59. Interesting to think about why Rorty insisted he wasn’t a postmodernist.

    Identity-as-becoming is in Montaigne, and Hume, and Hegel, and Marx. That’s not postmodern yet.

  60. I think the centre of misunderstanding and / or disagreement here is the identification of ‘postmodernism’. So, while Carl defines postmodernism as –

    that collection of critical strategies pushed to their absurd extreme and turned back upon themselves which, as its special mission and that which makes it ‘postmodernism’ rather than merely a collection of strategies available elsewhere in history in various contexts, seeks to make all such border work impossible

    – kvond challenges this definition in part by listing various intellectual figures who have been identified – by a large and ongoing communal project of classification and knowledge-stabilisation – as ‘postmodern’, and (I think) suggesting that these figures do not find all border-work impossible, and probably actively participate in various kinds of border-work themselves (perhaps even at times the limning of the boundaries of the ‘postmodern’).

    Myself, I think there are at least two issues here. One is the status of this idea of postmodernism as apparently oriented towards performative contradiction. If we accept Carl’s definition above as an accurate characterisation of postmodernism, I think we have several analytical routes available to us. We can say that postmodernism in this sense has never existed and probably never could – because no one can actually render all border-work impossible. We could, alternatively, say that the rendering of border-work impossible is the goal, not an achieved accomplishment, of postmodernism, and that this goal is in fact pursued in all sorts of intellectual endeavours (unsuccessfully, by its nature). Or, again, we could say that even this goal is, itself, never (or seldom) aimed for in intellectual or more general social activity – partly, perhaps, because of performative-contradiction issues – and that, therefore, again, postmodernism in this sense doesn’t (or rarely) exist(s).

    Which brings in second issue – whether Carl’s definition is in fact an accurate characterisation of postmodernism, in any of various senses (ideal-typical post-modernism or actually-existing post-modernism, of any of various different sorts). Here I’m basically on board with anodyne lite:

    I’ve always thought that a lot of people who get accused of being post-modern and having no firm essential ground to plant themselves on actually do have quite a solid set of foundational political values – it’s just that they’re not exactly the traditional ones.

    I think that there are (or certainly were) a fair few academics who would accept something like a more positively-valanced version of Carl’s definition as a characterisation of their own intellectual projects (people self-identifying as strong relativists, for instance). But most intellectuals who identify and are identified as postmodernists wouldn’t accept this (most of the figures on kvond’s list wouldn’t, I don’t think – though I guess there’s room for debate with some. [btw – Belette Desinvolte’s facebook appreciation page suggests ongoing influence… ;-)] So the question becomes – 1) the extent to which Carl’s definition of ‘postmodernism’ usefully picks out the kinds of phenomena that are in other discursive spaces described as ‘postmodern’; 2) the extent to which Carl’s definition is useful in its own terms.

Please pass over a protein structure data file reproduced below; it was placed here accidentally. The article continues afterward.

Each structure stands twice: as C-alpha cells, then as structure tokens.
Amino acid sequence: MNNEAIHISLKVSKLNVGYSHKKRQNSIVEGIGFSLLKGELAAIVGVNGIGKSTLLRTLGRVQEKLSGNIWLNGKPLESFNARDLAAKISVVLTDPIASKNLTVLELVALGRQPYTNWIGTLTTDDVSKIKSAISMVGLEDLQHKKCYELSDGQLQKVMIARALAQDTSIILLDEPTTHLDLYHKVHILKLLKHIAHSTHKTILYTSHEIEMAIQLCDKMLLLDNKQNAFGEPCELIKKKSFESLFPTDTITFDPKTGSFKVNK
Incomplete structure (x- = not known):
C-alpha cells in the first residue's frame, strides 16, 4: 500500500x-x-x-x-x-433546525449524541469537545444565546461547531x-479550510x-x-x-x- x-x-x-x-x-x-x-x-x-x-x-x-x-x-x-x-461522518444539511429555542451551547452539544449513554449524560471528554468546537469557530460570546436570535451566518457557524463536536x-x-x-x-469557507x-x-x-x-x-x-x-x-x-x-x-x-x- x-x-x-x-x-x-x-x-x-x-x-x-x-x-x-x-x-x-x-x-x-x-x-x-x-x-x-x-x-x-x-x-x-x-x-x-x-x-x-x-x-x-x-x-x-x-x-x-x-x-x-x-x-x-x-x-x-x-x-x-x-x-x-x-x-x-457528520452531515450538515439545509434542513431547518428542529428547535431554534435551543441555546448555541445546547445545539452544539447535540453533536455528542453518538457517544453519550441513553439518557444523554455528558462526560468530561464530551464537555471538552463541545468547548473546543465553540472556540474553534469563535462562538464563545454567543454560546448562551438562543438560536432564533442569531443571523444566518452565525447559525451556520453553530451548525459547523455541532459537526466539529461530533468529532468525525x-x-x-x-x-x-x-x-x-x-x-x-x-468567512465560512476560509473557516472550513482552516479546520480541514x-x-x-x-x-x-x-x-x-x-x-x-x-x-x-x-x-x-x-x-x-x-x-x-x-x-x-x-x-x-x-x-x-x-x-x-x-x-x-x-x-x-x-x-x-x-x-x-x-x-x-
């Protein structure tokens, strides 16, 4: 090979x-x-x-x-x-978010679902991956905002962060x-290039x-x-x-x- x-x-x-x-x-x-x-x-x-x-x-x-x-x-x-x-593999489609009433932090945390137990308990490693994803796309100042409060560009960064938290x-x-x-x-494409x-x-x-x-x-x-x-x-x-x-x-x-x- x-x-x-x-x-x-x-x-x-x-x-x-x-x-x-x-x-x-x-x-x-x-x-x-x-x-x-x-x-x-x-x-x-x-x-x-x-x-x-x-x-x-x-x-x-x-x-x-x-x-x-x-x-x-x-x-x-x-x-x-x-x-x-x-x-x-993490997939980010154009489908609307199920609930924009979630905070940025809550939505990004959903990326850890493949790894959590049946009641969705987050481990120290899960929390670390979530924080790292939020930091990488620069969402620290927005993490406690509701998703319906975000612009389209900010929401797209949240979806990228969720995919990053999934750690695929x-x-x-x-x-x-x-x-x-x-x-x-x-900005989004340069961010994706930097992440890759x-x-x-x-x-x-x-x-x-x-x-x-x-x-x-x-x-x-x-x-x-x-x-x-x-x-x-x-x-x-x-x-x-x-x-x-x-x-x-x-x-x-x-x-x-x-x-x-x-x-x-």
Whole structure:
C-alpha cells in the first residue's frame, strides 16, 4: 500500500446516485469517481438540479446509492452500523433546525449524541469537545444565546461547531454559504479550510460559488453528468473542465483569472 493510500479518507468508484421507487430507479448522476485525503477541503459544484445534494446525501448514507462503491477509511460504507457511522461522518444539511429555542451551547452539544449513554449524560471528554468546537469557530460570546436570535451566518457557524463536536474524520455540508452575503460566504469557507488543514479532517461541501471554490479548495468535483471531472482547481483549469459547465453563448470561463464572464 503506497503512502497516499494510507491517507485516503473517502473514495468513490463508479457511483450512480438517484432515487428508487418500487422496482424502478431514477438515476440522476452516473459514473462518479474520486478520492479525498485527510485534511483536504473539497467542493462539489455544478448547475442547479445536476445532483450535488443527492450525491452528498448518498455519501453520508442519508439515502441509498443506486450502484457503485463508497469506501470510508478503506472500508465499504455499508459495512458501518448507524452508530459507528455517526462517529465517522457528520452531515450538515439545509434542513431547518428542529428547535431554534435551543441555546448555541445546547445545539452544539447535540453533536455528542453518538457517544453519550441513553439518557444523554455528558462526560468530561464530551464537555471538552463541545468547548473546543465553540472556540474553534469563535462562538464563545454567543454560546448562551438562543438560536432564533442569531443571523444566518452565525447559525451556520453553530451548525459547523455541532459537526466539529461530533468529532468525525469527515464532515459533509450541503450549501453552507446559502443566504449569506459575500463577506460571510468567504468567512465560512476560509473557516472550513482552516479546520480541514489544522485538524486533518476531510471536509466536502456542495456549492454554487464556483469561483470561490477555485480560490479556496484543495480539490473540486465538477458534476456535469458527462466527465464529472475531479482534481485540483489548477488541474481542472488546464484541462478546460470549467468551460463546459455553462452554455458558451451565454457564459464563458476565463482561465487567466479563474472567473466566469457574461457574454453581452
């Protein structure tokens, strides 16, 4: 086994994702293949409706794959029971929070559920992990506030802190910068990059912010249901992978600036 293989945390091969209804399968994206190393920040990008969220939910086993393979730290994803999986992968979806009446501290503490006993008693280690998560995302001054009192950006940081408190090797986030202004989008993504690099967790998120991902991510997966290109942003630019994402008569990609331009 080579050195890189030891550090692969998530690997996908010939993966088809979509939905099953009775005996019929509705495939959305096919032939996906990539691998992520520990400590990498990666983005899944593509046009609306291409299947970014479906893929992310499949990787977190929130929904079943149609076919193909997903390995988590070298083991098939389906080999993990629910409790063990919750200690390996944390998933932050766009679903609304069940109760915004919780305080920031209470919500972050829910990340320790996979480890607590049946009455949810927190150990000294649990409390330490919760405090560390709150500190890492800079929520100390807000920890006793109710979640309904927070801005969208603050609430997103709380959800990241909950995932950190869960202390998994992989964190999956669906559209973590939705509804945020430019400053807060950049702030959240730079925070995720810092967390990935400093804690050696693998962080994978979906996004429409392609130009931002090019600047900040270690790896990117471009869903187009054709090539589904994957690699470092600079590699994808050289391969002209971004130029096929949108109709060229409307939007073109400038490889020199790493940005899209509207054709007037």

For what it’s worth (and to use the Fregean sense/reference distinction, which I honestly never thought I’d ever want to), my view is that Carl’s definition more or less fits with the sense of ‘postmodern’ as it is used in a whole heap of discursive contexts. I’m not at all convinced that it adequately refers to the kinds of phenomena that such discursive spaces generally claim to be picking out with this sense, however. And I think this says more about problems with the discourses about postmodernism, than it does about the discourses of postmodernism. Basically, I don’t think that intellectual practice generally described as ‘postmodern’ is in fact oriented towards the rendering-impossible of boundary-work. I think that some ‘postmodern’ intellectuals incoherently understand their own intellectual practice in something like these terms – but that they are very often in fact wrong; they have in at least one important way misidentified the nature of their own intellectual practice. (Perhaps mistaking advocacy of multiculturalist tolerance for advocacy of cultural relativism, to take a frequently-cited and by no means great example.) Much more common, however, is the mischaracterisation by others (non-postmodernists) of (‘postmodernist’) intellectual work that has never understood its own practice in anything like these terms. (I suspect this is a frequent practical outcome of definitions of ‘postmodernism’ along the lines of the one we’re using.) So, for instance, lots of people seem to think that Kuhn advocates or at least describes intellectual anarchy and anything-goes relativism because he made some sensible observations about the history of scientific investigation. Etc. And then finally there are people who genuinely are (incoherently, and therefore inconsistently) advocating or intending to practice something like Carl’s definition of postmodernism – and who form, I submit, a really pretty small subset of the stuff generally characterised as ‘postmodern’ (and who anyway don’t do this all the time, because you can’t: that’s how performative contradictions (don’t) work).